6 June 2015 – Millions of children globally are now accessing water from improved sources with significant achievements towards realising the Millennium Development Goals. However, according to Unicef, much remains to be done to ensure the rights of the most vulnerable children are protected in water, sanitation and hygiene.
Mandated by the UN General Assembly to take stock of the “Water for Life Decade 2005 – 2015, the Government of the Republic of Tajikistan is hosting an International High-Level Conference from 9-10 June 2015 in Dushanbe.
Unicef in close collaboration with the Government, particularly the Ministry of Education and Science, is co-convening a pre-conference Children’s Forum from 6-8 June 2015.
The Forum aims to provide opportunities for children and adolescents to learn and develop advocacy skills to contribute to global discussions so that all children, everywhere, can have access to WASH in all aspects of life: home, community, school and during disasters.
Unicef is convening 60 children and young people from 13 countries, including from host country Tajikistan, Azerbaijan, Belarus, Bolivia, Brazil, Kyrgyzstan, Romania, South Korea, the Philippines, Turkmenistan, Ukraine, USA and Zambia. They will develop a call to action to be presented at the Conference.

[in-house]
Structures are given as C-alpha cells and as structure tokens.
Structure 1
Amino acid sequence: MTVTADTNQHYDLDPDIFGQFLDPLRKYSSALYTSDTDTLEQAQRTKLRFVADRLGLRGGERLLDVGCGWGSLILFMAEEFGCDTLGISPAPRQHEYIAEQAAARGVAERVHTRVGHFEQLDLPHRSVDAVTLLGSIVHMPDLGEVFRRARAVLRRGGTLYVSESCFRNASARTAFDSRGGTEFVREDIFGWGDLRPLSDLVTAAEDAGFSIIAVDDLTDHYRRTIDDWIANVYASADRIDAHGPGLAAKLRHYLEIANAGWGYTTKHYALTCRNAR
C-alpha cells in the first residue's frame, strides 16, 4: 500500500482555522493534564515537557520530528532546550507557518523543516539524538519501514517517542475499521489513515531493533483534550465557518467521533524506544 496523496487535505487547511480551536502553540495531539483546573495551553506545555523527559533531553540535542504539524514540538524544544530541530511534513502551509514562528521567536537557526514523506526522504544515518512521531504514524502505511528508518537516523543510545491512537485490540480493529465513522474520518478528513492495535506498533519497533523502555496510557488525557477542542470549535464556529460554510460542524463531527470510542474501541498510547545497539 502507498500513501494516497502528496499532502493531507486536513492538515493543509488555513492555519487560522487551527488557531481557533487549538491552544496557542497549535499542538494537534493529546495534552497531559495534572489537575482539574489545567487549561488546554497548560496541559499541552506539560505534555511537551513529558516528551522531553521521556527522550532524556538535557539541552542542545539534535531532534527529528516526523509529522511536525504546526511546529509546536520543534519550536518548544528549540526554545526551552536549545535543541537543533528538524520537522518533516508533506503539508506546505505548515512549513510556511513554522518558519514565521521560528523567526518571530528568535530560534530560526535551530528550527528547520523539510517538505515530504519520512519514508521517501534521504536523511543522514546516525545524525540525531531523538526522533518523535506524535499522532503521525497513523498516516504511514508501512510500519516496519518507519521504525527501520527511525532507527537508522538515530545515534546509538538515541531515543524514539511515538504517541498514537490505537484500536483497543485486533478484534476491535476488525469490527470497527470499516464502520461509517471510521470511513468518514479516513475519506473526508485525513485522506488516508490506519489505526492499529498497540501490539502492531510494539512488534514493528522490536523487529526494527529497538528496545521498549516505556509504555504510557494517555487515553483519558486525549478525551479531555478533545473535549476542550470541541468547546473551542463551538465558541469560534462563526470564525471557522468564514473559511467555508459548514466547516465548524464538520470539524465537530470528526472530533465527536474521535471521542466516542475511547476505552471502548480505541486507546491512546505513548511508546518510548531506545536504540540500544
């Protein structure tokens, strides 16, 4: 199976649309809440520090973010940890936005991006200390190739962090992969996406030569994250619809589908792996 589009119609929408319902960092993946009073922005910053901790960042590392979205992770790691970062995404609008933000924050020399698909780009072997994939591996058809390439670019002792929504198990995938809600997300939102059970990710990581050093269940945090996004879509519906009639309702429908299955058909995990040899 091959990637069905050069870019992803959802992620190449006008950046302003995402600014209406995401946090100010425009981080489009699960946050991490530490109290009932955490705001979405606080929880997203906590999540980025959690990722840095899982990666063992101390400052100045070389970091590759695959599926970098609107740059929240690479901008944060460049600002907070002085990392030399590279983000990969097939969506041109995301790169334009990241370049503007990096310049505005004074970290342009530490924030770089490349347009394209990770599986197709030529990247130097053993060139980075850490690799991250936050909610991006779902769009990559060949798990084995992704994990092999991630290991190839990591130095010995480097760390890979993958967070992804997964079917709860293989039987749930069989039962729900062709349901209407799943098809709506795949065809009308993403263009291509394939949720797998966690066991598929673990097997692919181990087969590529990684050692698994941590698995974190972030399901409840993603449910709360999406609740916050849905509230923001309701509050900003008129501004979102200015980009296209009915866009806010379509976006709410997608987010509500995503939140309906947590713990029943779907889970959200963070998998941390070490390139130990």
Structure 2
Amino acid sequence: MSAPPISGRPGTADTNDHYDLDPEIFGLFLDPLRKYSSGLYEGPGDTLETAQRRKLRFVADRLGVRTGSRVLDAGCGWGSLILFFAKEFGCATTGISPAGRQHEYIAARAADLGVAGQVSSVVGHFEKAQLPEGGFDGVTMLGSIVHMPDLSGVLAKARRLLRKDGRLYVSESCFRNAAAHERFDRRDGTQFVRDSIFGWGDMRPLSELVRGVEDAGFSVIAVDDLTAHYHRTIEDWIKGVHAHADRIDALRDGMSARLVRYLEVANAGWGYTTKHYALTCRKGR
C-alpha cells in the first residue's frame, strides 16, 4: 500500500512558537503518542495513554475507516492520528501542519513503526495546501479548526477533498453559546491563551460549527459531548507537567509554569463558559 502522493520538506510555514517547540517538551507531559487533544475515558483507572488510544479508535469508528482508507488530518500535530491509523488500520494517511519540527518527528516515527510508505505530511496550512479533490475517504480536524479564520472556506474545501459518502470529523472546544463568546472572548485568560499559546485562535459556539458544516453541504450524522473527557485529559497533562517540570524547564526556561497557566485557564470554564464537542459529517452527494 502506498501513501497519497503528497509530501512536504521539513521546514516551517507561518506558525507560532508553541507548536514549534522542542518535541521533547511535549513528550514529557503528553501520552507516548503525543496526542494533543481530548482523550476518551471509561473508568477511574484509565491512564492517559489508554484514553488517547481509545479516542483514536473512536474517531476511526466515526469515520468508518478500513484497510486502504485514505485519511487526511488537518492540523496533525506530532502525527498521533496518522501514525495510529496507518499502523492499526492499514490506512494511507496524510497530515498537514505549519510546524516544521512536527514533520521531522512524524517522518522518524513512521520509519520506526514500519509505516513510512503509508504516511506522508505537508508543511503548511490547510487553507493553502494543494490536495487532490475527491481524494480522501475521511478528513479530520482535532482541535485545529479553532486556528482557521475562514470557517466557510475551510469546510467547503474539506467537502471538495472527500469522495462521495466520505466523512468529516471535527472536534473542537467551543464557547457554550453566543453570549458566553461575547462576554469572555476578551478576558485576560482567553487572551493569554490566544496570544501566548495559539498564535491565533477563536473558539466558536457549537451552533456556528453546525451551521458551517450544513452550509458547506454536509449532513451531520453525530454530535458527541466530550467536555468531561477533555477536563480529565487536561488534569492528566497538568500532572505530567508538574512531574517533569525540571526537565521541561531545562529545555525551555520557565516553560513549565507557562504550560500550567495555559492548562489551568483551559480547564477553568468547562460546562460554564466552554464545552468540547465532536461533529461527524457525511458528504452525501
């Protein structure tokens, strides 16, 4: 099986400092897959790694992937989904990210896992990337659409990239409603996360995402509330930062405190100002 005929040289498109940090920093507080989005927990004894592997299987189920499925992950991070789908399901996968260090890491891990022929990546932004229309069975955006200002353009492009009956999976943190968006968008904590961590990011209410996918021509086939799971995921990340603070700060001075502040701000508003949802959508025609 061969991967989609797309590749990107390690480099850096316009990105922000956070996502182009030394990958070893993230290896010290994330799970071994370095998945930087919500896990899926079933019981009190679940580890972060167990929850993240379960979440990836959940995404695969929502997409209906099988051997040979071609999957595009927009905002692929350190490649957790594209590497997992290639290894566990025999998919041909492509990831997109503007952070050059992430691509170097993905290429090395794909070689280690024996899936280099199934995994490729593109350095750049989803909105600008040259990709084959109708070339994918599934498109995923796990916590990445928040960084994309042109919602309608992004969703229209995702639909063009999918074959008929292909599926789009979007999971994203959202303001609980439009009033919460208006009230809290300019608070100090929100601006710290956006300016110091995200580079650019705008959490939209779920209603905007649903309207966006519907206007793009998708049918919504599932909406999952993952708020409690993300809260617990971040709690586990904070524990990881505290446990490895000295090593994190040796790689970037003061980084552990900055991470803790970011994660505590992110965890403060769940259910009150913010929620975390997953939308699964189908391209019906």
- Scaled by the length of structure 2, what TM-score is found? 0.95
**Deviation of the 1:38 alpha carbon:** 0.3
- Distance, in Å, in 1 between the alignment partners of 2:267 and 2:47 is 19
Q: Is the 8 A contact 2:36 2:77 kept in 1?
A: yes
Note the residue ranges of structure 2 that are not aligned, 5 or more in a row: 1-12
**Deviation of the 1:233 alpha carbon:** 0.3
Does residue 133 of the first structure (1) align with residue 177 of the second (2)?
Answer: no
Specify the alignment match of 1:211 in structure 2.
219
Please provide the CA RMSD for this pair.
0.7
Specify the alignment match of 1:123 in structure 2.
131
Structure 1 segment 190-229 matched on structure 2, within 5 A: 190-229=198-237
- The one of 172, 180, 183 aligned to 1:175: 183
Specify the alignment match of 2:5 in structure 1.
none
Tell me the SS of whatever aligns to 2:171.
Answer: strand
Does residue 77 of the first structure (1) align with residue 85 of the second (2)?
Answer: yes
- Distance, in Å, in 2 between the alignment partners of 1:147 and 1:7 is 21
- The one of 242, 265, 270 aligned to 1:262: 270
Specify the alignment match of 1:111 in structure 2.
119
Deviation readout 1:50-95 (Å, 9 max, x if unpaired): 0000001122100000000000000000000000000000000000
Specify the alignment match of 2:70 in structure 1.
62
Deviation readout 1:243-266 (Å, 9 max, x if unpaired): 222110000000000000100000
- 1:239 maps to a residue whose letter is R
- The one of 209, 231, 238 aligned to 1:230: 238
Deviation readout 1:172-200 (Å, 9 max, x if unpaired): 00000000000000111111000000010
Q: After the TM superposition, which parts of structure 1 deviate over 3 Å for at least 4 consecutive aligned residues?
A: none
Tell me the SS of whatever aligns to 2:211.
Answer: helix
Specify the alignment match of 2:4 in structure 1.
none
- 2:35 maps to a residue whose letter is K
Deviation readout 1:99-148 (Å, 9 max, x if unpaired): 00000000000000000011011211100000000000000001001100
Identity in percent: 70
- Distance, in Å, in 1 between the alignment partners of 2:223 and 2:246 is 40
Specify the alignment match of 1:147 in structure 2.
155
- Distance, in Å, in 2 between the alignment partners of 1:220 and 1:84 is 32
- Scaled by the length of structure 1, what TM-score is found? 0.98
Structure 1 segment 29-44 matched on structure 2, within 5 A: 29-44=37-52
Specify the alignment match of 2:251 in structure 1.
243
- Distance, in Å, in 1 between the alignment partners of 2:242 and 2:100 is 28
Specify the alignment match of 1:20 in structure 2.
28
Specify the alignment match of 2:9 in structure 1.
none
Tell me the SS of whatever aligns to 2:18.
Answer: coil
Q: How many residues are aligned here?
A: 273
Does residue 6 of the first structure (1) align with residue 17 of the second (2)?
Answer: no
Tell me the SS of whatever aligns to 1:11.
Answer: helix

“Children and young people will alert delegates from the world about the importance of water in their lives, how they see issues related to access of water and provision of appropriate sanitation and hygiene facilities, particularly in schools and communities,” said Ms. Lucia Elmi, Unicef Representative in Tajikistan, speaking at the start of the Children’s WASH Forum.
The water children drink influences their health, physical development and mental capacities. Children, who are deprived of safe drinking water, may develop debilitating, painful and even fatal conditions later in life.
On access to sanitation, more than one third of the world’s people - some 2.5 billion people - do not use improved sanitation facilities. Of these, 1 billion people defecate in the open; in fields, lakes or rivers. In Tajikistan, 72 per cent of population has access to improved drinking water source and around 94 per cent uses improved sanitation facilities.
Poor sanitation not only spreads diseases and infections, but also takes away people’s human dignity. Evidence also shows safe and clean toilets encourage girls to stay in school.
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